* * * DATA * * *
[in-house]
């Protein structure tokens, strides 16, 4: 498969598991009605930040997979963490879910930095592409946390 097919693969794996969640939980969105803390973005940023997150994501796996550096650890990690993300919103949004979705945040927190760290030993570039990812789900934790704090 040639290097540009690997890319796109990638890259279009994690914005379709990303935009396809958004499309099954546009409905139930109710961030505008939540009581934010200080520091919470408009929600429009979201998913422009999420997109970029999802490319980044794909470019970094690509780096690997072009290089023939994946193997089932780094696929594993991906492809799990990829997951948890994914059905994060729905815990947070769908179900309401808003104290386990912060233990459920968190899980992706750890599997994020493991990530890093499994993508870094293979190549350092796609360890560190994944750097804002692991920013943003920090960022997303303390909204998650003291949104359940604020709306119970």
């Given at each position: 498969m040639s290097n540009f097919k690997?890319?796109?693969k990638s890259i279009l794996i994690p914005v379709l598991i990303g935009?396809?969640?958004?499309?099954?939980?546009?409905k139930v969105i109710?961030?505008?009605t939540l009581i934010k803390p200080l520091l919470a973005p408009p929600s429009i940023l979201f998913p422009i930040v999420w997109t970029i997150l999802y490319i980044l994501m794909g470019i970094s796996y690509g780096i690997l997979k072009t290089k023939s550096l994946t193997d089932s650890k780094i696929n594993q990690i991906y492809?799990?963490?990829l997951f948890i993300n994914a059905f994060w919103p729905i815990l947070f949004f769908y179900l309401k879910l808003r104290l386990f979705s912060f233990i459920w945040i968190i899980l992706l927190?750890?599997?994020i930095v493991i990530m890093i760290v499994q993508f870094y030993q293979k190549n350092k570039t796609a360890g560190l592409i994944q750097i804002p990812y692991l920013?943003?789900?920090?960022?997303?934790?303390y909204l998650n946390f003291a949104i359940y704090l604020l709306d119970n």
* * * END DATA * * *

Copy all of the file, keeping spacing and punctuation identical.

[in-house]
């Protein structure tokens, strides 16, 4: 498969598991009605930040997979963490879910930095592409946390 097919693969794996969640939980969105803390973005940023997150994501796996550096650890990690993300919103949004979705945040927190760290030993570039990812789900934790704090 040639290097540009690997890319796109990638890259279009994690914005379709990303935009396809958004499309099954546009409905139930109710961030505008939540009581934010200080520091919470408009929600429009979201998913422009999420997109970029999802490319980044794909470019970094690509780096690997072009290089023939994946193997089932780094696929594993991906492809799990990829997951948890994914059905994060729905815990947070769908179900309401808003104290386990912060233990459920968190899980992706750890599997994020493991990530890093499994993508870094293979190549350092796609360890560190994944750097804002692991920013943003920090960022997303303390909204998650003291949104359940604020709306119970």
């Given at each position: 498969m040639s290097n540009f097919k690997?890319?796109?693969k990638s890259i279009l794996i994690p914005v379709l598991i990303g935009?396809?969640?958004?499309?099954?939980?546009?409905k139930v969105i109710?961030?505008?009605t939540l009581i934010k803390p200080l520091l919470a973005p408009p929600s429009i940023l979201f998913p422009i930040v999420w997109t970029i997150l999802y490319i980044l994501m794909g470019i970094s796996y690509g780096i690997l997979k072009t290089k023939s550096l994946t193997d089932s650890k780094i696929n594993q990690i991906y492809?799990?963490?990829l997951f948890i993300n994914a059905f994060w919103p729905i815990l947070f949004f769908y179900l309401k879910l808003r104290l386990f979705s912060f233990i459920w945040i968190i899980l992706l927190?750890?599997?994020i930095v493991i990530m890093i760290v499994q993508f870094y030993q293979k190549n350092k570039t796609a360890g560190l592409i994944q750097i804002p990812y692991l920013?943003?789900?920090?960022?997303?934790?303390y909204l998650n946390f003291a949104i359940y704090l604020l709306d119970n």